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Don’t Let Allergies & Asthma Spoil a Summer Soiree

Six Tips to Avoid Allergy and Asthma Symptoms While Enjoying Outdoor Events

Allergy and Asthma image

Summertime means outdoor fun at weddings, festivals, and picnics. But uninvited guests ranging from stinging insects to grass pollen can ruin the fun for people with allergies & asthma.

Allergies and asthma can lead to sneezing, wheezing, and itchiness – and sometimes more serious reactions – turning a joyous occasion sour.

“By planning ahead, people with allergies can still enjoy outdoor events,” says Dr. Myron Zitt, past president of the American College of Allergy, Asthma and Immunology.

Here are six simple tips to make summer soirees more enjoyable.

1 Treat before you go.
Take allergy medication before walking out the door. If you wait until symptoms kick in, the medication won’t be nearly as effective.

2 Go undercover.
Big, wrap-around sunglasses help keep pollen from getting into your eyes.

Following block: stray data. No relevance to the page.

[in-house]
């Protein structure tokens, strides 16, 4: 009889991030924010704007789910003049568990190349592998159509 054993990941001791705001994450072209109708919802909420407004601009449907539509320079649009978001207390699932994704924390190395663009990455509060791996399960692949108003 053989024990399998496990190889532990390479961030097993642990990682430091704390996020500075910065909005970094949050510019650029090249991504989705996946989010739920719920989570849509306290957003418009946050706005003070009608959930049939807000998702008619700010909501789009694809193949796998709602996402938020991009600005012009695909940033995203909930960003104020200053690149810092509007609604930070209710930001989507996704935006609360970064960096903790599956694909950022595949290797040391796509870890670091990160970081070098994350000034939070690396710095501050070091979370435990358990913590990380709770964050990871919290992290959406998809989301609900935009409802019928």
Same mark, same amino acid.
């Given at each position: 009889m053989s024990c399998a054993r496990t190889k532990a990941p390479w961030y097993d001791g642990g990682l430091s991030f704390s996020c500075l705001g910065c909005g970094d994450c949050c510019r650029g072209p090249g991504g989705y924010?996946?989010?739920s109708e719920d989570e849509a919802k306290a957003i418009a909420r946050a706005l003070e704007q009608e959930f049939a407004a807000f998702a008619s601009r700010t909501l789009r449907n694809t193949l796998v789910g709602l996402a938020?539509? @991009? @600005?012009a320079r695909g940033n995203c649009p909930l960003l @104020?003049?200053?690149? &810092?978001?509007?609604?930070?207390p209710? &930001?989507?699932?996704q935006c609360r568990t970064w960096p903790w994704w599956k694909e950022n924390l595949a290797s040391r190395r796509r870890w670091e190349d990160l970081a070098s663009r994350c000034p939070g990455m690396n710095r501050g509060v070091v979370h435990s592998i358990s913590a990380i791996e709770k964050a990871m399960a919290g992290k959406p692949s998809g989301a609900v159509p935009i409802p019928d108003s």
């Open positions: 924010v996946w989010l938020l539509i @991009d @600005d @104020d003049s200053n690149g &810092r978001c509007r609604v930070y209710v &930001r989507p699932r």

3 Avoid bees.
If you’re allergic to bees or other stinging insects, avoidance is your best bet. Keep your distance from uncovered food, be cautious of open soft drink cans, and resist wearing bright clothing or perfume, all of which attract bees. If someone near you gets stung, move away – some bees give off a chemical after they sting that can attract other stinging insects.

4 Be cautious at the food table.
Avoid foods in which nuts, dairy, and other common allergens can be lurking, such as mixed salads, barbecue sauces, and salad dressings. If grilling is involved, have your portion cooked on aluminum foil to avoid cross-contamination with other foods.

5 Stick to the middle.
Poison ivy can lurk in bushes and other foliage, so stay in open areas where you’re less likely to brush up against it.

6 Pay attention to ozone alerts.
High temperatures mixed with pollution can pose a problem for people with asthma. Carry a quick relief inhaler.

 

Source: American College of Allergy, Asthma & Immunology, www.AllergyandAsthmaRelief.org

This article was originally published in Coping® with Allergies & Asthma magazine, July/August 2011.